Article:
Characteristics of human infection with avian influenza viruses and development of new antiviral agents

Acta Pharmacol Sin. 2013 Oct;34(10):1257-69. doi: 10.1038/aps.2013.121.


Since 1997, several epizootic avian influenza viruses (AIVs) have been transmitted to humans, causing diseases and even deaths. The recent emergence of severe human infections with AIV (H7N9) in China has raised concerns about efficient interpersonal viral transmission, polygenic traits in viral pathogenicity and the management of newly emerging strains. The symptoms associated with viral infection are different in various AI strains: H5N1 and newly emerged H7N9 induce severe pneumonia and related complications in patients, while some H7 and H9 subtypes cause only conjunctivitis or mild respiratory symptoms. The virulence and tissue tropism of viruses as well as the host responses contribute to the pathogenesis of human AIV infection. Several preventive and therapeutic approaches have been proposed to combat AIV infection, including antiviral drugs such as M2 inhibitors, neuraminidase inhibitors, RNA polymerase inhibitors, attachment inhibitors and signal-transduction inhibitors etc. In this article, we summarize the recent progress in researches on the epidemiology, clinical features, pathogenicity determinants, and available or potential antivirals of AIV.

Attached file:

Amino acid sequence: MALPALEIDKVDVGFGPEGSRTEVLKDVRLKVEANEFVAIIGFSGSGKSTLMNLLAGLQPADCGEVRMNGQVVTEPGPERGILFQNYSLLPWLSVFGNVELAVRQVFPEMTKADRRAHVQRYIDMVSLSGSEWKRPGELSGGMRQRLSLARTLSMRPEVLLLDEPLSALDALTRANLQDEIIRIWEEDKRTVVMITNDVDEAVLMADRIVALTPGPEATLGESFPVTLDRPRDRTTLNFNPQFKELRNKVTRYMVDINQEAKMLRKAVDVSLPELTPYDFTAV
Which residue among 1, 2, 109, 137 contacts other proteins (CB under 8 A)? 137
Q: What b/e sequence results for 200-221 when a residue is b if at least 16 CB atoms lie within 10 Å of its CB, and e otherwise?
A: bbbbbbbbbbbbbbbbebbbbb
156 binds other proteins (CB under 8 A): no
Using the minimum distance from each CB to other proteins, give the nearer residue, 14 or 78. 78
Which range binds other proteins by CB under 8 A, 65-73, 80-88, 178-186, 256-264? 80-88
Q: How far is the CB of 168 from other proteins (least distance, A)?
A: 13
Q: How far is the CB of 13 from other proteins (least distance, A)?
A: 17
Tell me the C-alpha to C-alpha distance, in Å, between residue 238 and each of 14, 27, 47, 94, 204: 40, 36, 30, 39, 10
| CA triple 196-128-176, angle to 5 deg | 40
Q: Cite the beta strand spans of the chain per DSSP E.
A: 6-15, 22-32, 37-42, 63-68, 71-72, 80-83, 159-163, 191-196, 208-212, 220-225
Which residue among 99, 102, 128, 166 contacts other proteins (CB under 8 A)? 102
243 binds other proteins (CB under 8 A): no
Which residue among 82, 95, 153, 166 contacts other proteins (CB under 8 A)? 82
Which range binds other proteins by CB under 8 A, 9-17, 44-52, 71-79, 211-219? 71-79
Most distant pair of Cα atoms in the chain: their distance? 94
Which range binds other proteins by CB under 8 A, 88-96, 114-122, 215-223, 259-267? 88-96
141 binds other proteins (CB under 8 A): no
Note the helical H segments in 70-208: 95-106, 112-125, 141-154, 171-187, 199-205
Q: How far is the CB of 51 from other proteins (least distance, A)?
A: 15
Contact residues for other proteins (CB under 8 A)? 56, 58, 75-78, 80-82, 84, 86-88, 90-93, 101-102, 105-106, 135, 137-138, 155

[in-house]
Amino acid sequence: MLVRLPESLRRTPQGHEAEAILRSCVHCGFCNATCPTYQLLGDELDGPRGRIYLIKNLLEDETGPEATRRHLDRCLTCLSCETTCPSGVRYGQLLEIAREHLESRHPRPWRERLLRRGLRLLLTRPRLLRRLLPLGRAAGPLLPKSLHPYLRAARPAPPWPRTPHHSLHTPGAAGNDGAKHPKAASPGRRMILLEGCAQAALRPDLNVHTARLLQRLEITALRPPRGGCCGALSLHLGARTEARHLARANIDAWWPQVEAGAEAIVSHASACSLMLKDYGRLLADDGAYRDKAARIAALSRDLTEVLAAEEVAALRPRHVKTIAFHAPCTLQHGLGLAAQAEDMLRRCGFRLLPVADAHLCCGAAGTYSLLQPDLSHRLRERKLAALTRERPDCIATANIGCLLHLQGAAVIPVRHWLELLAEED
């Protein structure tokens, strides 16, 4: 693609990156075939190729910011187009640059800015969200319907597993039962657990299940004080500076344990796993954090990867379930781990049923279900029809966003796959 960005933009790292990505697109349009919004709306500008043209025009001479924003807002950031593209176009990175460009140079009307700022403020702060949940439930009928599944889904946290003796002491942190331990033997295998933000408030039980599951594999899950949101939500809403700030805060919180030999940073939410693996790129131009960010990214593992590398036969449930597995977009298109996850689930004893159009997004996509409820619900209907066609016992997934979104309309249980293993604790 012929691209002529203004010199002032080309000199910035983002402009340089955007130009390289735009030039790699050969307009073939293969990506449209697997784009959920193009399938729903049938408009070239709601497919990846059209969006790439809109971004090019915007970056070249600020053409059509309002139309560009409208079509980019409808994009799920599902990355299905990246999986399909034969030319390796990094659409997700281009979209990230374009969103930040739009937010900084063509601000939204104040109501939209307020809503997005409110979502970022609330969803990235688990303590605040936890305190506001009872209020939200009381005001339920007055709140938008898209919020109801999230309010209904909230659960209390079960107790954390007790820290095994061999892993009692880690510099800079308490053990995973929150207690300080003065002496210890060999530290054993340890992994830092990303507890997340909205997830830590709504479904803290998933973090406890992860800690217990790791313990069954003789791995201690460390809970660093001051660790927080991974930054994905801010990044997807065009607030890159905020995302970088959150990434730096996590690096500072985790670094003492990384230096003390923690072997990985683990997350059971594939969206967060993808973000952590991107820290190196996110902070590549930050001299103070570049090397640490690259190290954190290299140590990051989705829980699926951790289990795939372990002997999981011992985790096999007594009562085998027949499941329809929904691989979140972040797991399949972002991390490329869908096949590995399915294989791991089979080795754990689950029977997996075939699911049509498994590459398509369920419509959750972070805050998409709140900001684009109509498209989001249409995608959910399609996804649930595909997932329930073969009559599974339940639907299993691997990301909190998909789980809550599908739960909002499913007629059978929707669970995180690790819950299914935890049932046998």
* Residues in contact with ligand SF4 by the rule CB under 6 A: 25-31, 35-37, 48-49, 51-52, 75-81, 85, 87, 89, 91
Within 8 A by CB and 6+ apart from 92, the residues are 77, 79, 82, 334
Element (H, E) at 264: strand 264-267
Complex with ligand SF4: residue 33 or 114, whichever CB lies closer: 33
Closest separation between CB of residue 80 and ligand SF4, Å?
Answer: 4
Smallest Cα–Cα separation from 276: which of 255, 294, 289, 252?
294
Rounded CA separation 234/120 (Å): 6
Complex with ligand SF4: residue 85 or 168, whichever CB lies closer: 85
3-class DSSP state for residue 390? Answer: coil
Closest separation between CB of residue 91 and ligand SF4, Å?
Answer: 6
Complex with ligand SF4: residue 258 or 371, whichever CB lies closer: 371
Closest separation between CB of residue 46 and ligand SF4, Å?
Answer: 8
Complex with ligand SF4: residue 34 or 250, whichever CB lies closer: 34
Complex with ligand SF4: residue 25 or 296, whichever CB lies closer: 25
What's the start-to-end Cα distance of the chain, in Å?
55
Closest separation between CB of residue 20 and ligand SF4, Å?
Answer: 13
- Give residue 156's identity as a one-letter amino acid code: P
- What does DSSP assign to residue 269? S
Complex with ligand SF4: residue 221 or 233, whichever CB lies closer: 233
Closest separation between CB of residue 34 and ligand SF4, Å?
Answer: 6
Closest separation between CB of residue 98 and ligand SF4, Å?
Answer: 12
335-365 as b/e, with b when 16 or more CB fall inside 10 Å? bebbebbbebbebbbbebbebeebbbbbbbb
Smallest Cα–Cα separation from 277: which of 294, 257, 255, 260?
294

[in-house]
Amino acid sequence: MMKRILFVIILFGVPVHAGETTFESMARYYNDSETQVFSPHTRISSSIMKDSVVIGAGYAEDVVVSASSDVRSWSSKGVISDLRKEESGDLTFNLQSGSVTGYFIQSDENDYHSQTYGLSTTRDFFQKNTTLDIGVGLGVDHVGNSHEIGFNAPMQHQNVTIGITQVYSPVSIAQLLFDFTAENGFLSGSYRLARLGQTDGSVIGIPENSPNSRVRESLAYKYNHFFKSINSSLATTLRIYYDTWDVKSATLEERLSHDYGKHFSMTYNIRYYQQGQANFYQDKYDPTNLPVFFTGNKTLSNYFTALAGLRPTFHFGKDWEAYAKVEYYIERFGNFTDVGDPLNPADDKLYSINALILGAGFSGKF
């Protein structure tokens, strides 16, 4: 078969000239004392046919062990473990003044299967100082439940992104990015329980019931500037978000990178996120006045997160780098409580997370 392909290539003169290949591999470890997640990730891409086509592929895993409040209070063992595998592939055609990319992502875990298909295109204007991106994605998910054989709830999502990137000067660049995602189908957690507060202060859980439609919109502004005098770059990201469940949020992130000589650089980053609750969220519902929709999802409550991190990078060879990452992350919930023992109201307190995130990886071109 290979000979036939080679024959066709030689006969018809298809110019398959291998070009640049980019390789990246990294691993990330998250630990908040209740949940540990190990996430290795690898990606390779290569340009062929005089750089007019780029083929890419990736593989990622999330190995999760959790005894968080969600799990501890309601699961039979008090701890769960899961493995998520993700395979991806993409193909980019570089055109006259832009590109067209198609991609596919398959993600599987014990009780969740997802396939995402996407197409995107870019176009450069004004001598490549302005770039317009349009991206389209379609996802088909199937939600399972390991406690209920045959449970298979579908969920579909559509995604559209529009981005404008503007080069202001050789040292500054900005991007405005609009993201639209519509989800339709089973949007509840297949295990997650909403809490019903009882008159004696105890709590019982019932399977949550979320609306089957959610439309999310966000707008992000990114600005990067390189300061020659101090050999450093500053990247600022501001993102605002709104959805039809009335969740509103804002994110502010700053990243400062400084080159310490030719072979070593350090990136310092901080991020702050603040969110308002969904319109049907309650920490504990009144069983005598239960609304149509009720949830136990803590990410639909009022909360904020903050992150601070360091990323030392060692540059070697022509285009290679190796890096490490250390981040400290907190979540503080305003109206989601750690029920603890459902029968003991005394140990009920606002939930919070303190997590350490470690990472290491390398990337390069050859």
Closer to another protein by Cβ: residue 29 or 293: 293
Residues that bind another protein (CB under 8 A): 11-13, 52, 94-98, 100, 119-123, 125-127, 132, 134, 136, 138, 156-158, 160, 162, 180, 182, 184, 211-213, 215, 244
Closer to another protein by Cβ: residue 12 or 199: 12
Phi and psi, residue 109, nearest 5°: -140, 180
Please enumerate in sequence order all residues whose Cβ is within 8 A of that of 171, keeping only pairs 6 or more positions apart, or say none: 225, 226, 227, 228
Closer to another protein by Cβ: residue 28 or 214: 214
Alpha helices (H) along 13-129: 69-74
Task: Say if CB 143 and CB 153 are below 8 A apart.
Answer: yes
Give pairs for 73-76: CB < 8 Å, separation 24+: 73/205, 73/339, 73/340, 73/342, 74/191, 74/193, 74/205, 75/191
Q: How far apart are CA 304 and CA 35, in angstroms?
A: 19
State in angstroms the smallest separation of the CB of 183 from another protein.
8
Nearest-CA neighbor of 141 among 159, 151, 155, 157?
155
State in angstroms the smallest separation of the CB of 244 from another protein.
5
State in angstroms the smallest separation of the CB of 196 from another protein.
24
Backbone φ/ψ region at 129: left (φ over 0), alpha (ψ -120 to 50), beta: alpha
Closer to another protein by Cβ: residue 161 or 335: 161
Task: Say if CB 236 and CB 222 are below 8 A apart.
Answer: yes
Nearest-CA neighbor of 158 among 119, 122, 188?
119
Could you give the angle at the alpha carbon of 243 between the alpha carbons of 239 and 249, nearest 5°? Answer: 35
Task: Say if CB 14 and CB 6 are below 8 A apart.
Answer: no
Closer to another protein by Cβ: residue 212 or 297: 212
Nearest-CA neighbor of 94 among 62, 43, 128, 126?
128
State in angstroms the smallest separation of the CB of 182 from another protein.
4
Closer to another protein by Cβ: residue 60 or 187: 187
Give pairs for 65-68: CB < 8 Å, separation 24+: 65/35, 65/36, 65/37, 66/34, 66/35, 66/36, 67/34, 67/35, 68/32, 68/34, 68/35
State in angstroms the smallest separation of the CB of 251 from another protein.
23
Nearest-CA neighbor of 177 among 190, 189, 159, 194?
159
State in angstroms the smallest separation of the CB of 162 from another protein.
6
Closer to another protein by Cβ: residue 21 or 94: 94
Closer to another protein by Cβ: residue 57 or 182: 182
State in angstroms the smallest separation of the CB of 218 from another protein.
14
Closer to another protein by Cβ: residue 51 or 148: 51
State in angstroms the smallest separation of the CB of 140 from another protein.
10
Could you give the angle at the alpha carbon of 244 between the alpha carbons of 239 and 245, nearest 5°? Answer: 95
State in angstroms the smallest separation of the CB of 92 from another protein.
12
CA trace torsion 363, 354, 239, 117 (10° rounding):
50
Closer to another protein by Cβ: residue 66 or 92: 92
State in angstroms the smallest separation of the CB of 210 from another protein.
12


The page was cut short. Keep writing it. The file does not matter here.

Publication types

  • Research Support, Non-U.S. Gov't
  • Review

MeSH terms

  • Animals
  • Antiviral Agents / pharmacology*
  • Birds
  • China / epidemiology
  • Drug Design
  • Humans
  • Influenza A Virus, H5N1 Subtype / isolation & purification
  • Influenza A Virus, H7N9 Subtype / isolation & purification
  • Influenza in Birds / virology*
  • Influenza, Human / drug therapy
  • Influenza, Human / epidemiology
  • Influenza, Human / virology*


  • Antiviral Agents